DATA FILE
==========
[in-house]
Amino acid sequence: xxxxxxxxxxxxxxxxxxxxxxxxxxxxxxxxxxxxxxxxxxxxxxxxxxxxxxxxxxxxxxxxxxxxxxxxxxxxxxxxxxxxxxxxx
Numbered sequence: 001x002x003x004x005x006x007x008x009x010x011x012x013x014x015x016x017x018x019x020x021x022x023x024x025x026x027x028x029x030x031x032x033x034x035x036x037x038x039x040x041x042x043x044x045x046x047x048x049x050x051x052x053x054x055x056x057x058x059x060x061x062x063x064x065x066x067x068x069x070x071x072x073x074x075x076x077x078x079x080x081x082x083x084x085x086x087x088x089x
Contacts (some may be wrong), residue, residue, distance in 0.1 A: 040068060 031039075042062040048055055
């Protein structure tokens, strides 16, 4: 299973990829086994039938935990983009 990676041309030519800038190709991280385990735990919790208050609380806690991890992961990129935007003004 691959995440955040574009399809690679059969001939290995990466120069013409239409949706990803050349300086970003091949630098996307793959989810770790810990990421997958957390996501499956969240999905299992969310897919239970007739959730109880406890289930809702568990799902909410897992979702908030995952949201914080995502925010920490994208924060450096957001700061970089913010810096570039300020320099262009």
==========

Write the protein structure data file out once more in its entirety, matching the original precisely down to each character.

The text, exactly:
[in-house]
Amino acid sequence: xxxxxxxxxxxxxxxxxxxxxxxxxxxxxxxxxxxxxxxxxxxxxxxxxxxxxxxxxxxxxxxxxxxxxxxxxxxxxxxxxxxxxxxxx
Numbered sequence: 001x002x003x004x005x006x007x008x009x010x011x012x013x014x015x016x017x018x019x020x021x022x023x024x025x026x027x028x029x030x031x032x033x034x035x036x037x038x039x040x041x042x043x044x045x046x047x048x049x050x051x052x053x054x055x056x057x058x059x060x061x062x063x064x065x066x067x068x069x070x071x072x073x074x075x076x077x078x079x080x081x082x083x084x085x086x087x088x089x
Contacts (some may be wrong), residue, residue, distance in 0.1 A: 040068060 031039075042062040048055055
């Protein structure tokens, strides 16, 4: 299973990829086994039938935990983009 990676041309030519800038190709991280385990735990919790208050609380806690991890992961990129935007003004 691959995440955040574009399809690679059969001939290995990466120069013409239409949706990803050349300086970003091949630098996307793959989810770790810990990421997958957390996501499956969240999905299992969310897919239970007739959730109880406890289930809702568990799902909410897992979702908030995952949201914080995502925010920490994208924060450096957001700061970089913010810096570039300020320099262009």